Whether or not you agreed with the strategy, a fan could reasonably understand what the HOFBP was up to when he switched around the starting pitchers for the first two games of this series from what was first listed after the surprise COVID-out. He moved Dylan Cease up to Thursday’s game and Vince Velasquez back to Friday.
That set up (a) Cease vs. an emergency Yankee starter who had a double-digit ERA in Triple-A, which should have meant a White Sox win, and (b) Velasquez as the victim of Gerrit Cole, a game the Sox would probably have lost anyway, thereby getting a split. The (b) part worked perfectly. The (a) part, not so much.
Which brings us to (c). To try to recover from two straight blowout losses, the White Sox turn to, uh, well, er, mm, Dallas Keuchel.
That may not seem encouraging at first, so we should point out that Keuchel’s 6.86 ERA is waaaaaay bettter than the 12.50 other Sox pitchers posted so far in the series. Plus, Keuchel has been a Yankees killer through his career — just a 4-4 record, but a 2.23 ERA thanks to a .218 average against and .541 OPS over nine starts.
True, eight of the nine were before his skills and results took an Acapulco-esque cliff dive last year, and in the one start vs. New York in 2021 he gave up six hits and two walks in four innings, resulting in three runs (but just one earned!). But still, there is hope, especially if the HOFBP were to finally grasp what every White Sox fan already knows, namely that when Keuchel gets close to 60 pitches, you better have someone ready to go in the pen.
There is also some hope for the offense. Jordan Montgomery will be starting for the Yankees, and he’s — yes, yes, you knew it was coming — a lefty. True, that hasn’t helped the Sox so far, since Montgomery is 2-0 lifetime against them with a 1.80 ERA, including a seven-shutout-inning, five-hit, no-walk, 11-K performance last year, but it’s the spirit of the thing.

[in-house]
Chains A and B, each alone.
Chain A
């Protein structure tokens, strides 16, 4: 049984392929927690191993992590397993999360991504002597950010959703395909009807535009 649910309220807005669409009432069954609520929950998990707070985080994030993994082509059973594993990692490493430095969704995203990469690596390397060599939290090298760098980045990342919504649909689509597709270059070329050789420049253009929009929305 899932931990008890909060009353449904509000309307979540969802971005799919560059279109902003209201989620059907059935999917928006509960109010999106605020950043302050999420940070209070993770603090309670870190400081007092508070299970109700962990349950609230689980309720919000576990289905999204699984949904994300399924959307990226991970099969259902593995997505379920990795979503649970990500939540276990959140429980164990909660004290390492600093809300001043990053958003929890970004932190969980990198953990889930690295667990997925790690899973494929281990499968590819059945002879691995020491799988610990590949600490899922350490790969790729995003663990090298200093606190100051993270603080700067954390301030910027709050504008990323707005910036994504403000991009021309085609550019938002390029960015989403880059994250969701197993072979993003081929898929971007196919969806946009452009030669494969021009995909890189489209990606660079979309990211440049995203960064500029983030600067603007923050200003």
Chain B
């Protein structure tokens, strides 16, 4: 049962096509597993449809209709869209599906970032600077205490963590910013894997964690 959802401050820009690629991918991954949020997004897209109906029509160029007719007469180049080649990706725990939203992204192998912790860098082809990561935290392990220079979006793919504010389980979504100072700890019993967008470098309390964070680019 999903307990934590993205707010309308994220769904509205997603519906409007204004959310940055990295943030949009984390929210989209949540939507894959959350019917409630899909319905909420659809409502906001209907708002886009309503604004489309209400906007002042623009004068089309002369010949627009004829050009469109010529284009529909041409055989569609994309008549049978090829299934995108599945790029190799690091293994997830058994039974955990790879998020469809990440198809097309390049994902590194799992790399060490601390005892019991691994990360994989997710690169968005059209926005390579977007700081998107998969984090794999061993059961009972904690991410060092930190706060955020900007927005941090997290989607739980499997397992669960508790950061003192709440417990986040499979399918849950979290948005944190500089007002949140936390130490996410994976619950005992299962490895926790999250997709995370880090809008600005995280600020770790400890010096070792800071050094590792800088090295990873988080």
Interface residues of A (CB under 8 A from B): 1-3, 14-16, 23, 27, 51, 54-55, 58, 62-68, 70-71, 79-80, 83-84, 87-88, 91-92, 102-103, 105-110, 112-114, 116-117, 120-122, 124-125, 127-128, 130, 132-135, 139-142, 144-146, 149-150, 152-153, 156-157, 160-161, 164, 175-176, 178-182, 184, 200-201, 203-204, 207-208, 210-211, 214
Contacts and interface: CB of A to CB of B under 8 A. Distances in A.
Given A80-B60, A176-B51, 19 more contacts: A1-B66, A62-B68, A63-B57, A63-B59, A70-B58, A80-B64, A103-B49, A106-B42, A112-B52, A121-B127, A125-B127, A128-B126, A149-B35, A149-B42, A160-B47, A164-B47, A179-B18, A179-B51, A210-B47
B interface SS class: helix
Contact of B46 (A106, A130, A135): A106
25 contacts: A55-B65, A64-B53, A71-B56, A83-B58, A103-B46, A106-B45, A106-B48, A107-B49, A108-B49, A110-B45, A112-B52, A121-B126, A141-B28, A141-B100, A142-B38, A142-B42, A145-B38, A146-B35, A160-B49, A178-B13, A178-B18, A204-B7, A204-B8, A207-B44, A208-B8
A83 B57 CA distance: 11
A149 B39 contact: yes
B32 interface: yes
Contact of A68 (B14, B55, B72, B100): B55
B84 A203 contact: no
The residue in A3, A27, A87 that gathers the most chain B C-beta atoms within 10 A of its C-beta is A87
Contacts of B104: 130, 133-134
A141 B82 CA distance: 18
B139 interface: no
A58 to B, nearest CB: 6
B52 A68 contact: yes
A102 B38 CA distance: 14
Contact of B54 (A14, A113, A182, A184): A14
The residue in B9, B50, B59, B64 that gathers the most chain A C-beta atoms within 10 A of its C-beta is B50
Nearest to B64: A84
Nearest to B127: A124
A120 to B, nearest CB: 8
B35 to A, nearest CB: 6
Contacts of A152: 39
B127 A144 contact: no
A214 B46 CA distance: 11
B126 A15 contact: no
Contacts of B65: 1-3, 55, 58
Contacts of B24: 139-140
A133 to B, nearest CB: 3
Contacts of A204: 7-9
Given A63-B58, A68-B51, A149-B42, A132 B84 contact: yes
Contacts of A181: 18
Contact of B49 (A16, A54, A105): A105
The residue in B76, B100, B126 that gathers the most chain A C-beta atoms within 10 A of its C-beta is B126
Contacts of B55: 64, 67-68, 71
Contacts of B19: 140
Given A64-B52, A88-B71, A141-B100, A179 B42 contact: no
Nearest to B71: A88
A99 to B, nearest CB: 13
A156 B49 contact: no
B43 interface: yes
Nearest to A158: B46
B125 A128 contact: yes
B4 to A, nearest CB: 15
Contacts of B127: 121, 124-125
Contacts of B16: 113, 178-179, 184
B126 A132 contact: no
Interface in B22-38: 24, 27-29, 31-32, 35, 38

Montgomery has had a strong start to the year, with a 2.90 ERA, .212 BAA, and 25 strikeouts versus just five walks over six starts, but he’s had good fortune in his opponents, with only Toronto sporting a winning record. Montgomery will be facing an all-righty White Sox lineup that includes the none-too-soon return of Andrew Vaughn from hjs HBP injury stint — but not lefty Gavin Sheets, who had three homers in the last four games.
Surprisingly, the Sox hitters with the most success against Montgomery are Josh Harrison (4-for-6) and Yoán Moncada (2-for-3). Tim Anderson and José Abreu have faced him the most, and are both just 2-for-9.
Keuchel will be facing much the same Yankee lineup that has scored 25 runs and knocked eight out of the park in the past two games. The southpaw also will have to try to get through the first inning without yet another opening stanza two-run homer by Giancarlo Stanton (4-for-9 lifetime against Keuchel, with two dingers).
It should be a beautiful night for baseball, 73° at the 6:10 p.m. game time, cooling down to 63, so maybe the Yankee long balls won’t be quite as long as they’d been in the warmth of Friday and Saturday. A White Sox win would bring them back to .500 and keep alive hopes for a series split, with Michael Kopech taking the mound tomorrow.
Usual broadcast suspects.